Cassandra Forsythe, Ph.D., R.D., is an exercise physiologist and author of The New Rules Of Lifting For Women.
You should also take a good look at your sneakers. If they’re over a year old and looking worn (you can tell because the soles will look thin), it’s probably time to shop for a new pair.
The surface you’re working out on could also be an issue. Most wood floors should be okay, but if you’re in a basement on a hard concrete floor, get a workout mat—they’re thicker than a yoga mat—to add some cushioning. (Torch fat, get fit, and look and feel great with Women’s Health’s All in 18 DVD!)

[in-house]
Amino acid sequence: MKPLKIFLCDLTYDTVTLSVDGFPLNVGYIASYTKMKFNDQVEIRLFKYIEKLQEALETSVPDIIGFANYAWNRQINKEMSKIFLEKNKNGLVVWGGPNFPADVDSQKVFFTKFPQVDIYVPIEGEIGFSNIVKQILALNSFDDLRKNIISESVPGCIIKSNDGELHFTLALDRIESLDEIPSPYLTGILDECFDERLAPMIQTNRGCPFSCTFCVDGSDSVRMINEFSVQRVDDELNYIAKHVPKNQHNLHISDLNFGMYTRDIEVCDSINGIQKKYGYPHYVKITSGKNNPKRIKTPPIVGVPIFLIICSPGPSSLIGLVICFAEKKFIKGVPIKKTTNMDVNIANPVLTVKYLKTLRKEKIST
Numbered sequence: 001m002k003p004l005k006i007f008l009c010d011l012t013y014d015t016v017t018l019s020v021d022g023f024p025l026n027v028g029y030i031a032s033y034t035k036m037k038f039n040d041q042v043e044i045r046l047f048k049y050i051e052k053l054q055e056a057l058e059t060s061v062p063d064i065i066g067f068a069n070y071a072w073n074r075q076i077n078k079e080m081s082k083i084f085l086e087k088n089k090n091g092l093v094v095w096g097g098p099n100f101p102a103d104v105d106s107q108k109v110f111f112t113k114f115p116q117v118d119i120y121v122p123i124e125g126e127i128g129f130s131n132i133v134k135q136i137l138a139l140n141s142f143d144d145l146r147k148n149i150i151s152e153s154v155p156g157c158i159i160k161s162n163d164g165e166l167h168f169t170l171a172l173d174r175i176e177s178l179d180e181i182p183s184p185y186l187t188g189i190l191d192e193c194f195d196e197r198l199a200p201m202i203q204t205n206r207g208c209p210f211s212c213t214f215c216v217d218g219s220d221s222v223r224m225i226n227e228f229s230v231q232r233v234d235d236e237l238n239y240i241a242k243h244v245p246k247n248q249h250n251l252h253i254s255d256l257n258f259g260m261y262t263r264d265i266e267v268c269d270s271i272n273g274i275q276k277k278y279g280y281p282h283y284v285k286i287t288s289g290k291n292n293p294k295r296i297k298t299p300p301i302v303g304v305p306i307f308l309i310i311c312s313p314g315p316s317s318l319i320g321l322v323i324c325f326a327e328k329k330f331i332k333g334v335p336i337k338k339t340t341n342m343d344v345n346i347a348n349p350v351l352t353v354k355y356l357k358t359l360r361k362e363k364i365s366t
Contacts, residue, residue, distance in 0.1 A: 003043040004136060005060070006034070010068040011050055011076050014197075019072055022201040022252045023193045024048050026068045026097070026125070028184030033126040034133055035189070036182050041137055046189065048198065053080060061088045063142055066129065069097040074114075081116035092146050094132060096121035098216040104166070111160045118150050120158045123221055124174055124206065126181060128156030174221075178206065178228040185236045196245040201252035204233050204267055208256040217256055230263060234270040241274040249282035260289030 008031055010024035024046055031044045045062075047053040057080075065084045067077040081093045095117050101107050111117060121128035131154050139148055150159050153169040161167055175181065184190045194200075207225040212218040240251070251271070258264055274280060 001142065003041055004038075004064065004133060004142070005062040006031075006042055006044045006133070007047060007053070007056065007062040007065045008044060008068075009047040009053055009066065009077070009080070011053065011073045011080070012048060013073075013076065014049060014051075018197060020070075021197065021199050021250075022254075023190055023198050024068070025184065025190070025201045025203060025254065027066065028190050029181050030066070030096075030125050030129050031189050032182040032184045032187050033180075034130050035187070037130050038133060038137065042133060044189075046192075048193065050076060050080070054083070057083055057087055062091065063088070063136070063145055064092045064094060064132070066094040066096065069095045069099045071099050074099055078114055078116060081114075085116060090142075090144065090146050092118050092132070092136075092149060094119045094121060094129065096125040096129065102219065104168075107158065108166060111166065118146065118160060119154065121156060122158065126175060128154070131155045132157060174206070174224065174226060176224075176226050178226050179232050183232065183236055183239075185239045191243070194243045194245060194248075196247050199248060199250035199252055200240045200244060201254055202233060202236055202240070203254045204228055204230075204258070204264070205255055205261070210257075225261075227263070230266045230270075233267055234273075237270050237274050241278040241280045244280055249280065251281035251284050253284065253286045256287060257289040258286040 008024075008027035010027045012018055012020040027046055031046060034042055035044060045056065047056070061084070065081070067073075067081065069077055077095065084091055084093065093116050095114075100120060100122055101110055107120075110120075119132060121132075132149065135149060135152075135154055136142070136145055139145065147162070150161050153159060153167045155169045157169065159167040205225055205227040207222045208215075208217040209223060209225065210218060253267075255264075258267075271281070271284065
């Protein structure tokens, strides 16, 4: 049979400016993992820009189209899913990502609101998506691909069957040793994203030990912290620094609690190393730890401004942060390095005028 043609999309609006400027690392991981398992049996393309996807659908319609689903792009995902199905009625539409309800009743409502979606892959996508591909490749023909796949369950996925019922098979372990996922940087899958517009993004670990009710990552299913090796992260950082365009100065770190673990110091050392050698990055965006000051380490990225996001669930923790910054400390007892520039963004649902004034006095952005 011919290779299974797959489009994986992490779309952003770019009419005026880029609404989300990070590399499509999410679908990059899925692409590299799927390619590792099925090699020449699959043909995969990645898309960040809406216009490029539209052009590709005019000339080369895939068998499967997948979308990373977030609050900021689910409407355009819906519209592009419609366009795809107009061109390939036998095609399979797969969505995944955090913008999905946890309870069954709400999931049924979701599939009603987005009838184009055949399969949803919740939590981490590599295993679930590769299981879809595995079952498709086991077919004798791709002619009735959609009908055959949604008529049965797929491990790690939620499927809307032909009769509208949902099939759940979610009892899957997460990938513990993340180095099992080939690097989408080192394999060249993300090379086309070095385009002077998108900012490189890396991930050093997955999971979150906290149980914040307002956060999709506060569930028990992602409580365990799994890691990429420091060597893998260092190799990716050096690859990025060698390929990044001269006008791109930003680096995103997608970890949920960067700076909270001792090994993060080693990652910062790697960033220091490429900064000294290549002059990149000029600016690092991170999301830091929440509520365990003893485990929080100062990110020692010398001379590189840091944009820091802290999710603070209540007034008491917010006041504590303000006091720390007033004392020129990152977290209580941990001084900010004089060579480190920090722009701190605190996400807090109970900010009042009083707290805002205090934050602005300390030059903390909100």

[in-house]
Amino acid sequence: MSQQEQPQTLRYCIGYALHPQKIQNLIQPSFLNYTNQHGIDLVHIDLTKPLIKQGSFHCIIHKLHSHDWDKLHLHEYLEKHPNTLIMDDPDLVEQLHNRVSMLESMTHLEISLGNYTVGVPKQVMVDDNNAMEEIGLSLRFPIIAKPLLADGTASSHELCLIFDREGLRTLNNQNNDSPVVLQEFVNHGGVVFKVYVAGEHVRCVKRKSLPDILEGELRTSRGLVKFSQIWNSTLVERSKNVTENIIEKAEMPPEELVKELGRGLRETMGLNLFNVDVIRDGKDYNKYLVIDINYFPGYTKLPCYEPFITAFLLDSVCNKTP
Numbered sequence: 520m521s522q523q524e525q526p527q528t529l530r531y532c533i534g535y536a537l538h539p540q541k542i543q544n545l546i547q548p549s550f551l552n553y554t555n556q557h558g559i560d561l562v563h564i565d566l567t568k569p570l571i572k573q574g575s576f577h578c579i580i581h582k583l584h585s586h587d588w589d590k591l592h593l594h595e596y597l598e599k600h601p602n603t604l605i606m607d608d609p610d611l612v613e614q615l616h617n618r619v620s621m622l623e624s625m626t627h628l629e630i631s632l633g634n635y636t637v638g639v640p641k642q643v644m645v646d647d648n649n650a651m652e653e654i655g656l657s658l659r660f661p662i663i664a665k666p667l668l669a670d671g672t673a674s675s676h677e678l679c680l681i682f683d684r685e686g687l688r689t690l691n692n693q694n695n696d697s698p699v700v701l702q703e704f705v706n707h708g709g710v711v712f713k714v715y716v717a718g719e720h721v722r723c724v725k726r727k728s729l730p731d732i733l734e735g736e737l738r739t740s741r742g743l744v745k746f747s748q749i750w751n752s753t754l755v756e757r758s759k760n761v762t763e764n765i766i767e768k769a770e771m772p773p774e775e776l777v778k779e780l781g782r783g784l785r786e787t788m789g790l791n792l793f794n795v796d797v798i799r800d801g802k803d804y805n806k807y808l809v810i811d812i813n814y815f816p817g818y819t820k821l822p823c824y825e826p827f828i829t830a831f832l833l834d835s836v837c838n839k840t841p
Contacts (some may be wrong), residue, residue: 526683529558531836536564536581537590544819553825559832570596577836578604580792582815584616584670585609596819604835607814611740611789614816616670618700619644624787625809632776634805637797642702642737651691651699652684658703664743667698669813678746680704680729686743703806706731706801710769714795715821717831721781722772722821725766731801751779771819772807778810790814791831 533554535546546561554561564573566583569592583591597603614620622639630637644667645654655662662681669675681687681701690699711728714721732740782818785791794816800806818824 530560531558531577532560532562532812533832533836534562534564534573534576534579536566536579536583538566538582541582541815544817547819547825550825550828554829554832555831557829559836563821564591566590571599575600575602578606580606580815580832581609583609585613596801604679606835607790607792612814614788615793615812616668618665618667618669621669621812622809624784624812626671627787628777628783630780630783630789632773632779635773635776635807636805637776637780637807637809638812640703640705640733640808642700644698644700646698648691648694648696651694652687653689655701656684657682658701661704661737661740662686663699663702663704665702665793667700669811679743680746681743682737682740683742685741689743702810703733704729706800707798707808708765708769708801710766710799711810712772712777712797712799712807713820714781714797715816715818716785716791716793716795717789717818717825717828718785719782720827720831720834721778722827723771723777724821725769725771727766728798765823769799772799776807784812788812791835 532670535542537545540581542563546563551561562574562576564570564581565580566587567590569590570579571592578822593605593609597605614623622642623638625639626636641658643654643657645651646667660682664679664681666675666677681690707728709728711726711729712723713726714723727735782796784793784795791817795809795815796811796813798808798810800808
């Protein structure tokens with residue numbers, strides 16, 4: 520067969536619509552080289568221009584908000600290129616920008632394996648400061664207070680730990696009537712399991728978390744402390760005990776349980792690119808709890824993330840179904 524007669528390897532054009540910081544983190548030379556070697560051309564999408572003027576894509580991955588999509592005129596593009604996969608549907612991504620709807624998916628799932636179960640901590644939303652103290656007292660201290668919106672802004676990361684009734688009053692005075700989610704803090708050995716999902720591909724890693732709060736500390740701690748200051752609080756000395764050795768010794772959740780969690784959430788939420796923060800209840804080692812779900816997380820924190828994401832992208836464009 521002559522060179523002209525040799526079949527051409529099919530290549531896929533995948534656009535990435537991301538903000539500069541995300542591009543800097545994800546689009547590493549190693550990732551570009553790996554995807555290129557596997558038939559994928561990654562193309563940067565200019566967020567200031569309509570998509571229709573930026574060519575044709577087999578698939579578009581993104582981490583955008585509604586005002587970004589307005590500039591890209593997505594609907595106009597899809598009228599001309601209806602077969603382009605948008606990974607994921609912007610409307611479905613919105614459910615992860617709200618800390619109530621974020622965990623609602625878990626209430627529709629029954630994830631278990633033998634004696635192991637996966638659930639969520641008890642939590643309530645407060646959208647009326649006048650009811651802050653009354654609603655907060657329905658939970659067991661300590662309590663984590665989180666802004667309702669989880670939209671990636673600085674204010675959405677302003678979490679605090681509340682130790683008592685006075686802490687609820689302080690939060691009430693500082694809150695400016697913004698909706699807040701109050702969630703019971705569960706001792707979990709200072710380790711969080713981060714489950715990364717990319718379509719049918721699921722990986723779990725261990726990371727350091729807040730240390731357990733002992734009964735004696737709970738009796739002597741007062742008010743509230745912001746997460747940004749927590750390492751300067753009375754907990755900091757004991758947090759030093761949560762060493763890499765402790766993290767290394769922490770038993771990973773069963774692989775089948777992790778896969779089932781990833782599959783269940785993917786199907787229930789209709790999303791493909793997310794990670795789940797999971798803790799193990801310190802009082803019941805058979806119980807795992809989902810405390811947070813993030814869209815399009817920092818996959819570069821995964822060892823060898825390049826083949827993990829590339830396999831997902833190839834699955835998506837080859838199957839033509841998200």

You could also have the start of plantar fasciitis, which is inflammation of the muscle in the bottom of your foot. The most common sign is a sharp pain in your heel right when you get up in the morning. If so, be sure to always stretch your calves before and after exercising. Two good calf stretches: 1) Put the ball of your foot up against a wall, with your heel on the floor, and lean into the stretch, and 2) Do a down dog yoga stretch while gently raising and lowering your heels one at a time. If that doesn’t help and the pain continues, see your doctor for treatment.